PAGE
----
A woman with gun, an abuser dead on the floor, and his victims free – what a great way to open a comic. So begins issue #1 of new 5-part mini-series Genius: Cartel, sequel to 2014’s Genius.
After the striking opening image, the story instantly goes back in time to tell the story of how seventeen-year-old Destiny Ajaye took on the LAPD in her South Central Siege, as told in the original 2014 series. And when when I say she took it on, she masterminded the “greatest military mind of our generation” to weild the united gangs of L.A. like a weapon. And why? Because black lives matter. And no-one anywhere, ever should forget that.
Of course, it’s a right and noble message, but the reality of it (even in a comic) is that no-one who organises an army against the establishment is going to get away with it forever. But sometimes the establishment has the sense to let the enforcement of the law be shown to the public, while doing the right thing undercover – and that’s exactly what happens in this sequel series: While the world thinks she’s committed suicide, Destiny is taken to the Madrasa Institute to become greatest military mind of all time.
But things are not that easy. Destiny manages to get through the vast majority of her time at the institute with her cool intact; she’s the overly bright one that gets everything so easily that it doesn’t touch her, as it’s not personal. Which makes what the Institute does in order to make her the weapon they want so chillingly inevitable…
Writers Marc Bernardin and Adam Freeman have produced some stellar work here: the story hits all the right political notes at exactly the right time, it’s well paced and keeps you reading. Although not perfect – there’s a couple of frames where the human proportions just felt off – Rosi Kampe’s artwork throughout is inventive and clever; she uses simple mirroring of the first and last frames to compare and contrast the adult Destiny with a her memory of childhood that was in deep danger of being thrown away in a cloud of cynicism.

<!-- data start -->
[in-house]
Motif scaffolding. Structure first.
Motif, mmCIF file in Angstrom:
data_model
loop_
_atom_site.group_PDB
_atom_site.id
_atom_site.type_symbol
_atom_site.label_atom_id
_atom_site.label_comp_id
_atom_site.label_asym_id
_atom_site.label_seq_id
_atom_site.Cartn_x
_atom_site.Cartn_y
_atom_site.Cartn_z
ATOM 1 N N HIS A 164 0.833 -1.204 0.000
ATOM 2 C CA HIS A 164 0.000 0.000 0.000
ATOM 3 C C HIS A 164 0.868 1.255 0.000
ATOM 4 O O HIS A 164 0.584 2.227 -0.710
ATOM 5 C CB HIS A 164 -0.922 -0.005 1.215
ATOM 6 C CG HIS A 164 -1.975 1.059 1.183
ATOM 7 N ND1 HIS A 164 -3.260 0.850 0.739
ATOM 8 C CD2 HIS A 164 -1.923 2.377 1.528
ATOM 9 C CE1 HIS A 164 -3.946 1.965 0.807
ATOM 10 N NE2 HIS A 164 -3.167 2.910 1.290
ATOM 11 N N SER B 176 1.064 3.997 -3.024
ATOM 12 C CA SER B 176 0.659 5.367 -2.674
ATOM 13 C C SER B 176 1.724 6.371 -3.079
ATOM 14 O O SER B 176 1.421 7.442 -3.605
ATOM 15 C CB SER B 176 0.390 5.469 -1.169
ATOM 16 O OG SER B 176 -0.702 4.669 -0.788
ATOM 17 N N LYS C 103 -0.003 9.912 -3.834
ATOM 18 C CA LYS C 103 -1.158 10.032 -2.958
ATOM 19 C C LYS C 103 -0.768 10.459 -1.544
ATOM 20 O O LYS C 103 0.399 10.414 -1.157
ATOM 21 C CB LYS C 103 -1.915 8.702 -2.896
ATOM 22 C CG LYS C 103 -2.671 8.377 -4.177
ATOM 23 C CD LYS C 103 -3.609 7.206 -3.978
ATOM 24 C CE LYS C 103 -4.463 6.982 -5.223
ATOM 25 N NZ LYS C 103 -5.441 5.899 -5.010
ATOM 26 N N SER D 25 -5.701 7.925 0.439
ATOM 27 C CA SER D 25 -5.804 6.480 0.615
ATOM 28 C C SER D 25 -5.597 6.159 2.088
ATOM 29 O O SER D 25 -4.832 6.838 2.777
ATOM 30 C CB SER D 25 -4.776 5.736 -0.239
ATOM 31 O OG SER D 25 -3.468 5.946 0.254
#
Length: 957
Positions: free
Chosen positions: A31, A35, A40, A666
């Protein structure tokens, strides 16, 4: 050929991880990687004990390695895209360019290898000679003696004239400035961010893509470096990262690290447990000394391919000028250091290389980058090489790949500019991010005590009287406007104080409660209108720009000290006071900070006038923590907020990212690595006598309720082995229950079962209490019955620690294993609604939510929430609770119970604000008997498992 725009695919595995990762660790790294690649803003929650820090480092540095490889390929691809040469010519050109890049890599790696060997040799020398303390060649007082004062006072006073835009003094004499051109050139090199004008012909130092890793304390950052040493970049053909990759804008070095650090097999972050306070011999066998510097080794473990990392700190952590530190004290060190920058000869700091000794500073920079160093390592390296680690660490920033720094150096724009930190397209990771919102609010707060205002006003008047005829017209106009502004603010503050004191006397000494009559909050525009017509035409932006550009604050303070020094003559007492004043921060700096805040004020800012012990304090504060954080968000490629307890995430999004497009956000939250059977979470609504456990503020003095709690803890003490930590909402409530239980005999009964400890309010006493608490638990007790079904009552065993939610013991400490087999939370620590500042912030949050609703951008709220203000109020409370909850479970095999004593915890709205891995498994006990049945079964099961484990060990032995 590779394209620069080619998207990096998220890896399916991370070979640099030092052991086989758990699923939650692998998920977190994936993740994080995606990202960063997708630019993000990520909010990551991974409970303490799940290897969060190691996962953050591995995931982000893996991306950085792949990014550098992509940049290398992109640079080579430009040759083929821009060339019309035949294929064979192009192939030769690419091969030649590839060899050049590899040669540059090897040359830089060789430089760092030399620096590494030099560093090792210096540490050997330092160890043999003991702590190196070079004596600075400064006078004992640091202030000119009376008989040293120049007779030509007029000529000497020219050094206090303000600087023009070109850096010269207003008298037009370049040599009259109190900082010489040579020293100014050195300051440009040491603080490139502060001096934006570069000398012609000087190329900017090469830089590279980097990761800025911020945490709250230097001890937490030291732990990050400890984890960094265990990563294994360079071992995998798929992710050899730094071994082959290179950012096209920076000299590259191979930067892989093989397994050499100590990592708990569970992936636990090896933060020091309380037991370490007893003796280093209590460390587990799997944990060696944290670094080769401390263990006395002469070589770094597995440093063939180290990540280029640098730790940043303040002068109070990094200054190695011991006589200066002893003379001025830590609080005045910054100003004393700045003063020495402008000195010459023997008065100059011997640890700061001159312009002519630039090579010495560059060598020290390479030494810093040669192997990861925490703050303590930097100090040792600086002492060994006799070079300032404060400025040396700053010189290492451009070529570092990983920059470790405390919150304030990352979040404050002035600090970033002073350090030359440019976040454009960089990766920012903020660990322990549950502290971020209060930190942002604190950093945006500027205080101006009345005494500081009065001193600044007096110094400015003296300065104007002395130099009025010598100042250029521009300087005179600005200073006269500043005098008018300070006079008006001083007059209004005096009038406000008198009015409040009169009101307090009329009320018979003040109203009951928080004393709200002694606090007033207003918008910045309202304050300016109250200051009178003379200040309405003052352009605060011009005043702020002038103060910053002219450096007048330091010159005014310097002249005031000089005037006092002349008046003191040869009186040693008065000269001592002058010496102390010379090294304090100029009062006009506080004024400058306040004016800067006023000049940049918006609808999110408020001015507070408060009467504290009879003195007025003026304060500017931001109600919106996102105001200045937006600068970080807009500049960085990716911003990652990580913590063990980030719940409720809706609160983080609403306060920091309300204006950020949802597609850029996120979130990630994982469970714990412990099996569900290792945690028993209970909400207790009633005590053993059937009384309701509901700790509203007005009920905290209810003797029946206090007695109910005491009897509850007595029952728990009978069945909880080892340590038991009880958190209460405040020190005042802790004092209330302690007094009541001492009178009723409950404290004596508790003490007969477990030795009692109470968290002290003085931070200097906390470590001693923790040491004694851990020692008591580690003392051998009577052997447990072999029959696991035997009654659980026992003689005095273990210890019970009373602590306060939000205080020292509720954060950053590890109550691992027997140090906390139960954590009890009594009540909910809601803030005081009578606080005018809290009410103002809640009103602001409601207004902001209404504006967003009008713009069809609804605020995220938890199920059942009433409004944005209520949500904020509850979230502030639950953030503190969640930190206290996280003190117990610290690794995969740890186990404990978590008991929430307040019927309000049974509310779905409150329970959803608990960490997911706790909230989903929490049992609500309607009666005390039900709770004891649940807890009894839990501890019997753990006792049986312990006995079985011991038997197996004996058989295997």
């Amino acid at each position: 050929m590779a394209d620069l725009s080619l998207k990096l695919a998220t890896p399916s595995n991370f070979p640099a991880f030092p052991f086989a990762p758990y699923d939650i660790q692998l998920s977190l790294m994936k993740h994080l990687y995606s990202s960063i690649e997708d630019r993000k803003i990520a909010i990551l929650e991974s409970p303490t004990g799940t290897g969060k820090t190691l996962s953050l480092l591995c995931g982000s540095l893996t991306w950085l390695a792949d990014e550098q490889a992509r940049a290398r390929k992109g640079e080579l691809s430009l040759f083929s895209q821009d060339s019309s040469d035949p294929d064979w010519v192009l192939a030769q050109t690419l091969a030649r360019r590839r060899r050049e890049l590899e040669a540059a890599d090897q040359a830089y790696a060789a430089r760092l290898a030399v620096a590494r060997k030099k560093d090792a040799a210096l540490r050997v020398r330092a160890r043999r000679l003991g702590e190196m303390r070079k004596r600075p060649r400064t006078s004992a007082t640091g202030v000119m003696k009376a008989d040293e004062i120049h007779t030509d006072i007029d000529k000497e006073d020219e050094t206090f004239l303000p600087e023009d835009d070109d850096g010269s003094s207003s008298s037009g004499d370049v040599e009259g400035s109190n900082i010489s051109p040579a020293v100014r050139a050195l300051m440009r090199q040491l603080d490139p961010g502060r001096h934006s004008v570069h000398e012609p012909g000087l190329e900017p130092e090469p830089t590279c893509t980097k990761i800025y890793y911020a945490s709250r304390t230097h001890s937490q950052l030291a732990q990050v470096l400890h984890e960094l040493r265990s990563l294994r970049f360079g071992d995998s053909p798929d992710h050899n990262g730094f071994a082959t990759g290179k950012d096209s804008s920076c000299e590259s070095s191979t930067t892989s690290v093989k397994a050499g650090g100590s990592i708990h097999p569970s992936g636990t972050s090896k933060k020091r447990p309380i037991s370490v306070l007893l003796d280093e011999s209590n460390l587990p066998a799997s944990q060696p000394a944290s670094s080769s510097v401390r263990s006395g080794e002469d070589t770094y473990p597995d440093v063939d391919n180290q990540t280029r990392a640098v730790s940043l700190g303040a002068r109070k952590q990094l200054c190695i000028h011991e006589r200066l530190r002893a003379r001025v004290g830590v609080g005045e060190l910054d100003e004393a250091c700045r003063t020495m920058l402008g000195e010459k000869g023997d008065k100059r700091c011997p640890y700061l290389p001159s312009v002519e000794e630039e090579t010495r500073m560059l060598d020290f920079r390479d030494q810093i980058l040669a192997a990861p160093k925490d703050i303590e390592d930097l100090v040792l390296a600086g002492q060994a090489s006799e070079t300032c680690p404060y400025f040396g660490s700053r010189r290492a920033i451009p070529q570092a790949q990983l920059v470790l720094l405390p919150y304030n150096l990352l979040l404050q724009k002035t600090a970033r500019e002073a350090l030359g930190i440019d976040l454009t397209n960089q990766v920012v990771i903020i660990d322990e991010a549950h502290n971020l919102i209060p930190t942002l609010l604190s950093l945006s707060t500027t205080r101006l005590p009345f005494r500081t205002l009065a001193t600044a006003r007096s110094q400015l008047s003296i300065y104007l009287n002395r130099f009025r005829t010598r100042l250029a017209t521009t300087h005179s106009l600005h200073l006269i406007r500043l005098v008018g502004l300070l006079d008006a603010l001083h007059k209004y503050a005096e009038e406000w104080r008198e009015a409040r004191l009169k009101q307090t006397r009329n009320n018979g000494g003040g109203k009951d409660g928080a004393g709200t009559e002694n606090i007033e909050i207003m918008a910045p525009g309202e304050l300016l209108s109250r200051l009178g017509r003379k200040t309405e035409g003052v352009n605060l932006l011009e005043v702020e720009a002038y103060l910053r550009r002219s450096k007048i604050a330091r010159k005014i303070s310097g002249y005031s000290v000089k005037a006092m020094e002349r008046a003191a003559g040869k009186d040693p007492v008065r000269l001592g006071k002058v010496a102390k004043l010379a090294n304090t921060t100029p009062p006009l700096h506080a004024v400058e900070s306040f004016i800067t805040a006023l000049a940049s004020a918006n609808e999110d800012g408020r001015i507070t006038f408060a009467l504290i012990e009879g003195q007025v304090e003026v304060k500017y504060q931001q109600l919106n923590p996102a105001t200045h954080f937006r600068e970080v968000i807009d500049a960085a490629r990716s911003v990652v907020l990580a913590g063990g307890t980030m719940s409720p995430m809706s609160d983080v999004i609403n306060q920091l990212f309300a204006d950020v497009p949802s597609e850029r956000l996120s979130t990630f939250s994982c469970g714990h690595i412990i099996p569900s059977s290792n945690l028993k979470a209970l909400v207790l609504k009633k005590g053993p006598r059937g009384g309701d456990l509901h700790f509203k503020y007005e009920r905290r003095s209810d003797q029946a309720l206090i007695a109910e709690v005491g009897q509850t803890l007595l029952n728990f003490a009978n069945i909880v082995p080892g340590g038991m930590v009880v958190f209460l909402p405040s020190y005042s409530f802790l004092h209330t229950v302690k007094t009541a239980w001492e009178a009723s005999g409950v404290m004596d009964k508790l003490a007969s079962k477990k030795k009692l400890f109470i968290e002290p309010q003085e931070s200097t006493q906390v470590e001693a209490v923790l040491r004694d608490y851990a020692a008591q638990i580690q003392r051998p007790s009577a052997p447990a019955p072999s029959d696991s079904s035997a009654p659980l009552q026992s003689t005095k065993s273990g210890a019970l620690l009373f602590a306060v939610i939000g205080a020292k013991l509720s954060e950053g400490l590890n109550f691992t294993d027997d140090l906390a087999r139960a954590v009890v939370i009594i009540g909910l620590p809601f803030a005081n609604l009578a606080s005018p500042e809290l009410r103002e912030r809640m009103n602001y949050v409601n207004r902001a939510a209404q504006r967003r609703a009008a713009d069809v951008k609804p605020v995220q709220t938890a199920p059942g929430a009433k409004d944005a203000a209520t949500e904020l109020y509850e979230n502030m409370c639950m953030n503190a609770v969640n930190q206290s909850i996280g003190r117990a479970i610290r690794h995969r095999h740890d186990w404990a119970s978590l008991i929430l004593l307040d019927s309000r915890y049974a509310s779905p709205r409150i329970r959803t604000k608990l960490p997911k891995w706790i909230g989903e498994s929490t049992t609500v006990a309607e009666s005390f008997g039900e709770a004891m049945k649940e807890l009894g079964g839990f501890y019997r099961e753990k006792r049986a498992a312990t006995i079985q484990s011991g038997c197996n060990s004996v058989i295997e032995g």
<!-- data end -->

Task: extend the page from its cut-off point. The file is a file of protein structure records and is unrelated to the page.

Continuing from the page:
It’s is a very strong start to a new series. The initial message – Black Lives Matter – is one that can’t be underlined enough; while I want to go on a political rant in support of this, sadly I’m here to review a comic. However, in my experience – and I read a wide range of comics – there are a very few good black female comic characters: Marvel’s Storm (of the X-Men), DC’s Vixen, Top Cow’s The Fox, Dark Horse’s Mystery Girl. There really should be an awful lot more.That being said, Destiny Ajaye looks very much like she has the potential to join the ranks of Storm and the other big names. I hope she makes it.
All-in-all, there’s nothing wrong at all with this issue, but I have a gut feeling that Genius: Cartel has a lot more to show for itself before the very top mark is given, so it’s a four out of five for this one. But do I want to read on? Oh yes.
[amazon_link asins=’B07122CHQ6′ template=’ProductAd-ExcitingStuff’ store=’editonli-21′ marketplace=’UK’ link_id=’55856553-8b1c-11e7-a576-f11571646a13′]Genius: Cartel #1 is available now from Amazon.co.uk and other leading retailers and comic shops.